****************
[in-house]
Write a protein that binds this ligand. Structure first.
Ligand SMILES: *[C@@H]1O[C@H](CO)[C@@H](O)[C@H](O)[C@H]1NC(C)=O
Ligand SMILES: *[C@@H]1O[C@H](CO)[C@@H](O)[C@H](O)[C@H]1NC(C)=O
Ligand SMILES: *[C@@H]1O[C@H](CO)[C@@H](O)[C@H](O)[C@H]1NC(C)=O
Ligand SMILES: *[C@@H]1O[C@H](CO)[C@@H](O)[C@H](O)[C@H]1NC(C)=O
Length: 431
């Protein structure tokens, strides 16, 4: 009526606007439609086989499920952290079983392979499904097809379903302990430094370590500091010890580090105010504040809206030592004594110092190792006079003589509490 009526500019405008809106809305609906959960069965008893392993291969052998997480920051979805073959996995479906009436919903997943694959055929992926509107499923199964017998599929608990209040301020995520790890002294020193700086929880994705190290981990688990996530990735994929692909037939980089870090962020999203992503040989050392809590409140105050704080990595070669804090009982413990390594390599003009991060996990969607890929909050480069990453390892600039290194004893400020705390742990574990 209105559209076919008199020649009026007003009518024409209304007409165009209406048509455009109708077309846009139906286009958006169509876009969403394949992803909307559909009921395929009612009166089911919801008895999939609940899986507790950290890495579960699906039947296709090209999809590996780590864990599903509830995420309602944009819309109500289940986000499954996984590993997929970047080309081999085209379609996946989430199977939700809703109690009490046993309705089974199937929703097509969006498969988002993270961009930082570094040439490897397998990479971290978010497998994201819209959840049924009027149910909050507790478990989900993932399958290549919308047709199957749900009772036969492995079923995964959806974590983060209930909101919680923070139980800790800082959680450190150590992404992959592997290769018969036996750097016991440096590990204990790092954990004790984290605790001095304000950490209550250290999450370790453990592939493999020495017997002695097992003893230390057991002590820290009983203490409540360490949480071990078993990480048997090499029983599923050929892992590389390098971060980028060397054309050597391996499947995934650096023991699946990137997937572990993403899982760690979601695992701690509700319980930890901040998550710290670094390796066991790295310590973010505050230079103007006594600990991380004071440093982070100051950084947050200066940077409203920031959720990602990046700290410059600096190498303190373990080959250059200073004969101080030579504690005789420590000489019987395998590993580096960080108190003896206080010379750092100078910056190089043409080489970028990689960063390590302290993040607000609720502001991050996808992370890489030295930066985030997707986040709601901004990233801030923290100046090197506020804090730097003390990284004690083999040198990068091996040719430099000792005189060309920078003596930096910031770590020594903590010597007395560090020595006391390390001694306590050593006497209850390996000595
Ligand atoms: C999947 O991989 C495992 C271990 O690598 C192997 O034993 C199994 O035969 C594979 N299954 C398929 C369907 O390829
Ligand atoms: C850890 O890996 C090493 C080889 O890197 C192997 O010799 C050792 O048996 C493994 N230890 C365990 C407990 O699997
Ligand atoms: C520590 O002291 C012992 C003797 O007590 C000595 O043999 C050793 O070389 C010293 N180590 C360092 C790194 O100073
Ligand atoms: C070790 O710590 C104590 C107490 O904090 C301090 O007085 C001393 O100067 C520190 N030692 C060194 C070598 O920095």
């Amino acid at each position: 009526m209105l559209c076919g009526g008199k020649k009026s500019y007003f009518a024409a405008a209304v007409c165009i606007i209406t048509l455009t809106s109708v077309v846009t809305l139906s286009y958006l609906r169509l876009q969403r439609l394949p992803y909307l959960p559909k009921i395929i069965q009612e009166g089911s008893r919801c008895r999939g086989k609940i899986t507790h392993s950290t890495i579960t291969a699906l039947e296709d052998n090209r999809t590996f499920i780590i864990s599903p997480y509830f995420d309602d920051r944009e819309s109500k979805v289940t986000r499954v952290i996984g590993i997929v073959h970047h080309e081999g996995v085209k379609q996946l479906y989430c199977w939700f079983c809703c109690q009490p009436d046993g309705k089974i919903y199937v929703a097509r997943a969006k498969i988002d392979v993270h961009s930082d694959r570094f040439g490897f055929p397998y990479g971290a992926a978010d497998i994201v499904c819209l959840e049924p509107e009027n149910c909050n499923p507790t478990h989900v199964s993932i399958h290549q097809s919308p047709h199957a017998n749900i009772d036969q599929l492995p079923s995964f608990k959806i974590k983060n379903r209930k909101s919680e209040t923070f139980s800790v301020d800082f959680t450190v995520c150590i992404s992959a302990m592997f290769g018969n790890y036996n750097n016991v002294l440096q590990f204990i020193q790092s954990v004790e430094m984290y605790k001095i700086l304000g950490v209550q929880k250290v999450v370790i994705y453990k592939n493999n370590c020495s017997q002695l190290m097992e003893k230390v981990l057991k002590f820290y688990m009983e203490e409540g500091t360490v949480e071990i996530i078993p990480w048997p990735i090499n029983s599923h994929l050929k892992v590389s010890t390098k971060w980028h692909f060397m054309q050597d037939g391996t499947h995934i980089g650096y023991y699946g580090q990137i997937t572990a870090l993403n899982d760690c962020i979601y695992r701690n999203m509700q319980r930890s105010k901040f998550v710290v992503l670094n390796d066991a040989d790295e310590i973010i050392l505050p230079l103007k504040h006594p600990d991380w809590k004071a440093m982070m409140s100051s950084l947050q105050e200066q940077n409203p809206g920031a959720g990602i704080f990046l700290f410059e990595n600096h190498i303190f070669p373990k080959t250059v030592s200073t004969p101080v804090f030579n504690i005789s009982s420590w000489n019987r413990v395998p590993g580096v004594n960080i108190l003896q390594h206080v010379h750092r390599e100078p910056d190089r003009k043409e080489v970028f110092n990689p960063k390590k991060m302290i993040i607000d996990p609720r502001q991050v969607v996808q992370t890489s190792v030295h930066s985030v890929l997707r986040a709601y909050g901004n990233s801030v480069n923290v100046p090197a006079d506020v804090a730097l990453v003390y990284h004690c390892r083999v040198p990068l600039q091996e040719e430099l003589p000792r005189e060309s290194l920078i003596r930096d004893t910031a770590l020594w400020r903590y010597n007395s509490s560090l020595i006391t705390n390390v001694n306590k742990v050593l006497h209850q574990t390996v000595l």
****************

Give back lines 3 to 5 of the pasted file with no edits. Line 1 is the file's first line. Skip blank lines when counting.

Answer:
Ligand SMILES: *[C@@H]1O[C@H](CO)[C@@H](O)[C@H](O)[C@H]1NC(C)=O
Ligand SMILES: *[C@@H]1O[C@H](CO)[C@@H](O)[C@H](O)[C@H]1NC(C)=O
Ligand SMILES: *[C@@H]1O[C@H](CO)[C@@H](O)[C@H](O)[C@H]1NC(C)=O